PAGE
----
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Miles Bader wrote:
Moritz Moeller <> writes:
I'm writing a binding that allows Lua to be used for describing 3d
scenes intended for rendering with a high-end 3d renderer like Pixar's
PhotoRealistic RenderMan or DNASoft's 3Delight. The target audience for
this is foremost the visual effects industry.

Do you have a description of your lua interface available?

yes I do. It is modelled after the RenderMan interface but removes some of that API's biggest constraints from a contemporary feature film VFX pipeline's perspective. My industry has settled on Python as the glue language. So I started with a Python binding and dropped it soon because it just parses too slow. We often have scene descriptions in the GB range. We can't have parsing time be a considerable part of the overall render time. That's how I got to look at Lua. :) Besides, because I had similar problems with va_args in the binding generator on the Python side, I had to write the Python binding by hand as well. That wasn't fun at all. Lua's API on the other hand has been an utmost pleasure to work with. Very well designed and straightforward.

My API uses stacks to "send" attributes, shaders & parameters to primitives. It maintains a transformation, attribute and a parameter stack. It also maintains a complete hierarchical graphics state. Although in the VFX industry we rarely make use of the hierarchical capabilities of the RenderMan interface, I consider it a required feature in general.

"Hello world" looks like this:

  translate( 0, 0, 2 )

A minimal scene with motion blur that demonstrates some features looks something like this:

    parameter( "surface", "plastic" )
    motion( -1, 2 )
      parameter( "radius", 1 )
      parameter( "radius", 4 )
    sphere( -.6, 1.7 )

The first lines are essentially the camera transformation. After world() we are at the origin and the transformation on the the stack is identity.

We define the surface aspect of a look. A look is several components defining how a primitive is rendered. We then instance a look which will query the parameter stack, see if there's any parameters applying to the look context and if so use them to do its job. This is enclosed into a pus/pop param block, so the "surface" parameter doesn't pollute the parameter stack once we're done with the look. This is completely optional in this example.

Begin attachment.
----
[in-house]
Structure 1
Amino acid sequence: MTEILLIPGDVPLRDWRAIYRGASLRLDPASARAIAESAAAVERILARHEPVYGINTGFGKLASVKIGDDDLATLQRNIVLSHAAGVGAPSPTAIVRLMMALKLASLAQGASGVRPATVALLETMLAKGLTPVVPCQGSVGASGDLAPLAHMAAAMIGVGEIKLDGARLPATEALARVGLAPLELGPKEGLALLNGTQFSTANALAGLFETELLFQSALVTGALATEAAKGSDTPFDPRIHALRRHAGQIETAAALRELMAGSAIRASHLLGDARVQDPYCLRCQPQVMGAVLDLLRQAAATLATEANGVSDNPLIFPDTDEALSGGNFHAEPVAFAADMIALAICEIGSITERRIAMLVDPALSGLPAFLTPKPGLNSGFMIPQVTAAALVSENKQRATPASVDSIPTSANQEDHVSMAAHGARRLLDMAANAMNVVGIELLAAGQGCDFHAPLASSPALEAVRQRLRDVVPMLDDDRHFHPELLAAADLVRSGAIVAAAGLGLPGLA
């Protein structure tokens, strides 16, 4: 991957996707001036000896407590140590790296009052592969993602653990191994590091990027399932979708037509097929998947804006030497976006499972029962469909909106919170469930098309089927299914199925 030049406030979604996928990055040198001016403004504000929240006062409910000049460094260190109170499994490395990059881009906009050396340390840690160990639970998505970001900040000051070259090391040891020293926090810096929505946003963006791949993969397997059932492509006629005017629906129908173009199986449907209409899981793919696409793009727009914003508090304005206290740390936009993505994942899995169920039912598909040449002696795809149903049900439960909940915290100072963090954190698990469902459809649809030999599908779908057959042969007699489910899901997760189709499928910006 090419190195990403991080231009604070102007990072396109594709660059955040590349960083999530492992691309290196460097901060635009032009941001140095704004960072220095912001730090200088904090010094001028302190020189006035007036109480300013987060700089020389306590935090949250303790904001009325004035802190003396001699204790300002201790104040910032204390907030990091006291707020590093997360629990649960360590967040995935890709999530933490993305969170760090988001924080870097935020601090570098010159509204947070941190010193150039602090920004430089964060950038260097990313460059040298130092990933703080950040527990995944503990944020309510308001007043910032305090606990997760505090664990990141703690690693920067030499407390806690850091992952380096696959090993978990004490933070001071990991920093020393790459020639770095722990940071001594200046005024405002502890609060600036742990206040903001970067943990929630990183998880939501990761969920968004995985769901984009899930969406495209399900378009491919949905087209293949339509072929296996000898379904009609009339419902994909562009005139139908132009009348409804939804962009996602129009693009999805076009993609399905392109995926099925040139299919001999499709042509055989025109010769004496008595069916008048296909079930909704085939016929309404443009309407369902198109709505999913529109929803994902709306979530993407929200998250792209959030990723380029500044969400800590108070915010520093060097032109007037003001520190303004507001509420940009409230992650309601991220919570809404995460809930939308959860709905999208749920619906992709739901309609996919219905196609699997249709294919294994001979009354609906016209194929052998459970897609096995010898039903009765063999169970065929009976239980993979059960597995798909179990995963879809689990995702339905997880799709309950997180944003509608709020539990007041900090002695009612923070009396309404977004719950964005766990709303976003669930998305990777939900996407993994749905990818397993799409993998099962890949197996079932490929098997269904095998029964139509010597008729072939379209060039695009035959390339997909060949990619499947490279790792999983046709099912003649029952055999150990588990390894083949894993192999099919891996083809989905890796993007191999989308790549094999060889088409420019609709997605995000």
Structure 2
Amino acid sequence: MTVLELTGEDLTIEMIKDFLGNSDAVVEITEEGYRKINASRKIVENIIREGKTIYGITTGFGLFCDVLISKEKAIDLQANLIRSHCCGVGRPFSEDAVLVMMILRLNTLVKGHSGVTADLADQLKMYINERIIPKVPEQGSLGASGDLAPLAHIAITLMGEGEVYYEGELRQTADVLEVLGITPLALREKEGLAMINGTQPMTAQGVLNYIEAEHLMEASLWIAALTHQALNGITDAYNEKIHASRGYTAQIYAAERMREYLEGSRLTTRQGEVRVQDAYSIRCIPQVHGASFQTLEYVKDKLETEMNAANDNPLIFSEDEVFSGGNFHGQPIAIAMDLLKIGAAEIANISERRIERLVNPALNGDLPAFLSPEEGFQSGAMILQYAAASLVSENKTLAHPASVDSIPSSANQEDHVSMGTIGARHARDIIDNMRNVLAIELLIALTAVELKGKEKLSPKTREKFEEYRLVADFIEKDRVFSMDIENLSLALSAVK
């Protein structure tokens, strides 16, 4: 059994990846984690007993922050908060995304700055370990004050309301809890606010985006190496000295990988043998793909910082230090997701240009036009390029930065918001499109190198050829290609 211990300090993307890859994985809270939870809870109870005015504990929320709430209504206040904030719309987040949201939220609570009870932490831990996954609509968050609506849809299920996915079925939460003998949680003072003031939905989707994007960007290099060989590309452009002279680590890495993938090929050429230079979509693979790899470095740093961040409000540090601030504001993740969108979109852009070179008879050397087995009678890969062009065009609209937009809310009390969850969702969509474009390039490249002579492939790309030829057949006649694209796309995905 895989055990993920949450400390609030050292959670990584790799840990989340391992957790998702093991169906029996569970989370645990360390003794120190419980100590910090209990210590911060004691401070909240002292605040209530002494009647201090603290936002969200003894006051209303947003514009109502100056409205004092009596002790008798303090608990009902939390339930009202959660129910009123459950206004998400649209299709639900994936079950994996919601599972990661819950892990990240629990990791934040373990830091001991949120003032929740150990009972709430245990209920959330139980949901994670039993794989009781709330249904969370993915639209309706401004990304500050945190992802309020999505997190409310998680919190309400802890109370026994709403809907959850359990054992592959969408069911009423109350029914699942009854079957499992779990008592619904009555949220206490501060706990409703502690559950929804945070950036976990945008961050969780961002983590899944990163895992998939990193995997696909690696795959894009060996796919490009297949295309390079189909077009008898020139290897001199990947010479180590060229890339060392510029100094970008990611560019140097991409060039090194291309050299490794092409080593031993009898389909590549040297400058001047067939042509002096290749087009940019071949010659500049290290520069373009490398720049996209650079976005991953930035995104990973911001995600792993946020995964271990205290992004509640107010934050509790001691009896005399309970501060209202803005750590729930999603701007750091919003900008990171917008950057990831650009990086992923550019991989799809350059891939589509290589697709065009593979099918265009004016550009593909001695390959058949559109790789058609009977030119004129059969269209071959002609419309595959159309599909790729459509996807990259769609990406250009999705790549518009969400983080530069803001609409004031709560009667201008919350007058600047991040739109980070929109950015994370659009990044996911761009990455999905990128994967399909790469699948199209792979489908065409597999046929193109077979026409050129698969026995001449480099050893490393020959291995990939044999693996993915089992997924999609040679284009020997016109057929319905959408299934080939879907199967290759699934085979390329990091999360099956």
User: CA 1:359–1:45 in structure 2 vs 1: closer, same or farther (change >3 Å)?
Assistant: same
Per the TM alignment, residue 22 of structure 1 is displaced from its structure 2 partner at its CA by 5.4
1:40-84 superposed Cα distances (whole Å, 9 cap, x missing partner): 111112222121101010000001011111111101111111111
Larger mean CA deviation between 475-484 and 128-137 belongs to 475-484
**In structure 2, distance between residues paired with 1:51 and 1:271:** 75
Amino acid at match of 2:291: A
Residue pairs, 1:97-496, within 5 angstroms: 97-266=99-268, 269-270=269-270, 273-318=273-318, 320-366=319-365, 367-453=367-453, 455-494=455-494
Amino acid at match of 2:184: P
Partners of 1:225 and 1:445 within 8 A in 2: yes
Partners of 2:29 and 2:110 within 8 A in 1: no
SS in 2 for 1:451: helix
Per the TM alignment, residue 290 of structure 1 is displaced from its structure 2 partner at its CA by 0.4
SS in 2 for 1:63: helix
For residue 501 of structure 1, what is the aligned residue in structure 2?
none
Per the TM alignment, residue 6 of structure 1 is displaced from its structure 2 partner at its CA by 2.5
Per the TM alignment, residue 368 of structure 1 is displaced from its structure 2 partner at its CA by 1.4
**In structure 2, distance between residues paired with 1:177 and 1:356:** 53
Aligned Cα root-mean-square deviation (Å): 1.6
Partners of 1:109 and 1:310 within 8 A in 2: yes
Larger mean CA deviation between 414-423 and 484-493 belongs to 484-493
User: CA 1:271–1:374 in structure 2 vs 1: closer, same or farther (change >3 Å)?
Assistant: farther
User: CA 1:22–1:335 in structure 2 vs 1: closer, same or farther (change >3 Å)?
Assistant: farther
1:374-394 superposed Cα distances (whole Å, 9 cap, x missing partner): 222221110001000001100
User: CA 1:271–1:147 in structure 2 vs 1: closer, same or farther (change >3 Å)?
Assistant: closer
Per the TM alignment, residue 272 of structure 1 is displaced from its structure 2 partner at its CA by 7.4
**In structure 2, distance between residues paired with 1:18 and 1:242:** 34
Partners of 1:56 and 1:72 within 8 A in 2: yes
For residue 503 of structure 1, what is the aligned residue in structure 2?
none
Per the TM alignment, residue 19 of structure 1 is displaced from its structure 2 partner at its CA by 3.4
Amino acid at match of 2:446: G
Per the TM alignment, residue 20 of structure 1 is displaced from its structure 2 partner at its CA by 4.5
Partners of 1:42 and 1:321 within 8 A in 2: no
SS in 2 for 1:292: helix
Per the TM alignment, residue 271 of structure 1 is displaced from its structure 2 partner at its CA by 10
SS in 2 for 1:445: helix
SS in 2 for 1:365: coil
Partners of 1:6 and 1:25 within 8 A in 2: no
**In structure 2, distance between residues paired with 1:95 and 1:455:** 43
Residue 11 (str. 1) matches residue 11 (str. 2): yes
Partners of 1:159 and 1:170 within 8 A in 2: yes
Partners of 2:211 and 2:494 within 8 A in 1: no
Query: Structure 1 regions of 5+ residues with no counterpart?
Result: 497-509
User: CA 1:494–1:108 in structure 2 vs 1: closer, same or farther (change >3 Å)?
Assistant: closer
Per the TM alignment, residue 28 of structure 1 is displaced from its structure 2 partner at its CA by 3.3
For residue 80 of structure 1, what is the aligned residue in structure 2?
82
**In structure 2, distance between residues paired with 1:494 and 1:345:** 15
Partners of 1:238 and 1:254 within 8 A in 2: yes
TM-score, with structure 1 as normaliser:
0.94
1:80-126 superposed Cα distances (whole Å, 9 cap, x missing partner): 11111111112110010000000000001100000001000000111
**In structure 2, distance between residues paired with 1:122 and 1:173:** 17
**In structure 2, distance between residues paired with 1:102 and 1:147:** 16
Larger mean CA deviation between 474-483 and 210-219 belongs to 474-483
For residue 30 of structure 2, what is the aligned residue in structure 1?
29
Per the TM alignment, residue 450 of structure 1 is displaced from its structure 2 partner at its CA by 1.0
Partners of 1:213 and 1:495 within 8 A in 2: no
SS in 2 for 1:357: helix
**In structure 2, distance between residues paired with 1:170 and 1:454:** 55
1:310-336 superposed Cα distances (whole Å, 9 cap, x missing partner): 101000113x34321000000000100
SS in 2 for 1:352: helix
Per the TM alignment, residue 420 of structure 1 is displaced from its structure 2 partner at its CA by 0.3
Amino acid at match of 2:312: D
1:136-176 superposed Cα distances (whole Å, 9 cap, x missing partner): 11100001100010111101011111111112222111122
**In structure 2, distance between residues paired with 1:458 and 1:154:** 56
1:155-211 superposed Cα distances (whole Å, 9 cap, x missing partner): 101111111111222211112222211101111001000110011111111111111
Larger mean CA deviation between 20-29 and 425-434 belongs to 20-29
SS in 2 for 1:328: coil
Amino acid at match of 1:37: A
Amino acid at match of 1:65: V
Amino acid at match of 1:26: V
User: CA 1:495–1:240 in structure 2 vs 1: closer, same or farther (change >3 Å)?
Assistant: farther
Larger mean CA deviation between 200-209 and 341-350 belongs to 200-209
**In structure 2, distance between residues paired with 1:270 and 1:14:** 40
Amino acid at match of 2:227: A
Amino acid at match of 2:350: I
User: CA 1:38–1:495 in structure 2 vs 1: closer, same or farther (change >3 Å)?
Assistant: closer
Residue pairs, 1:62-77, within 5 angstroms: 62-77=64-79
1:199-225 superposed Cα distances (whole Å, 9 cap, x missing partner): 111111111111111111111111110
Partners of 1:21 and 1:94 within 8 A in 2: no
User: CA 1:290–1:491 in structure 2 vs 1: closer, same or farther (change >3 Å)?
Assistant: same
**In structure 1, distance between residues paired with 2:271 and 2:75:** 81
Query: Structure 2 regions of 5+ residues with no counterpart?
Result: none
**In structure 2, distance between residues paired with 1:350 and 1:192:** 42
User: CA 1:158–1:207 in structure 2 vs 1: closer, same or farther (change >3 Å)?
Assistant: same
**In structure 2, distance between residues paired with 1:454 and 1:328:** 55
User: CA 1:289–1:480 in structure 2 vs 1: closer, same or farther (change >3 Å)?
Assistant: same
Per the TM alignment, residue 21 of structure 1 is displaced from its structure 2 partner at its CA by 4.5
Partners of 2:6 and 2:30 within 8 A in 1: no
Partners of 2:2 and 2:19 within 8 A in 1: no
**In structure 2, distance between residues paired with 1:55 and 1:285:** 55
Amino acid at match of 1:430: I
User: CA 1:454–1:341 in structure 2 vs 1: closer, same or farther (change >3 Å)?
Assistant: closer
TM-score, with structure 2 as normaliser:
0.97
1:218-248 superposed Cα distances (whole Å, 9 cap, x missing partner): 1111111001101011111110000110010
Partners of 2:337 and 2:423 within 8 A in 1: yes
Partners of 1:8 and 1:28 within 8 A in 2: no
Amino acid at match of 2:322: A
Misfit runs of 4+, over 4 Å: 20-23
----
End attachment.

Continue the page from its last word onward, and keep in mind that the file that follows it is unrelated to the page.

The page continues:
Next comes a motion block defining how many calls (time samples) of the same type are to be expected at which times. The parameter calls itself push a "radius" parameter on the stack. Parameters can be time-varying. Here, "radius" is defined at time -1 to be 1 and at time 2 to be 4.

Then it renders a sphere which will pick up this "radius" [since it's a reserved parameter name understood by sphere(), just like "surface" is for look()] and will render it motion-blurred over the shutter (which ranges from 0 to 1, by default) but interpolating it explicitly at times -0.6 and 1.7 before sending it off to the renderer.

The whole thing could be slightly simplified like this:

    look( "surface", "plastic" )
    motion( -1, 2 )
      sphere( "radius", 1 )
      sphere( "radius", 4 )

In this case the sphere won't interpolate the values at -.6, 1.7 before sending them to the renderer though.

Lua seems like a very nice language for this purpose[*], and it would be
cool if there were some sort of common ground for people using lua for

This is gonna be open source a and I intend to get as much people on the
bandwagon as possible. The current standard in my industry is the RenderMan RIB format which is an ASCII binding for the RenderMan C API. It is still great, after almost 20 years. But is shows its age too and the additions to it to keep it up to date with the pace of the VFX industry many see not as ingenious and visionary as the API itself once was in 1989... :)

So if you're interested in helping out with this or adopting it... be my guest. I'm probably still a good two month away from having anything complete enough to give it out or expect so. to be willing to take a look at all. :>

I'm reluctant to give out a draft yet. The reason being that it remains in constant flow for the time being as the group of people testing it, around the globe, fill my inbox with feedback. :)

[I've written a lua scene-description interface to my renderer but it's
quite bare-bones and more or less just exports internal interfaces
(using swig) with a bit of sugar on topl.]

[*] I really love "dynamic" scene description languages (e.g. povray's),
as opposed to the rather static input formats that seem more common
these days.

Yeah. Although Povray is not a prime example of a well-designed scene description API. You can tell that it was made by people who wanted to render chrome spheres on infinite checker boards, originally.

But I agree as far as "dynamic" goes. Although that is also a fairly philosophical debate as when one can run a program to create a part of the scene, there not much you can't do. It's more a matter of ease & elegance[tm] then, imho. Which, I agree, many formats lack.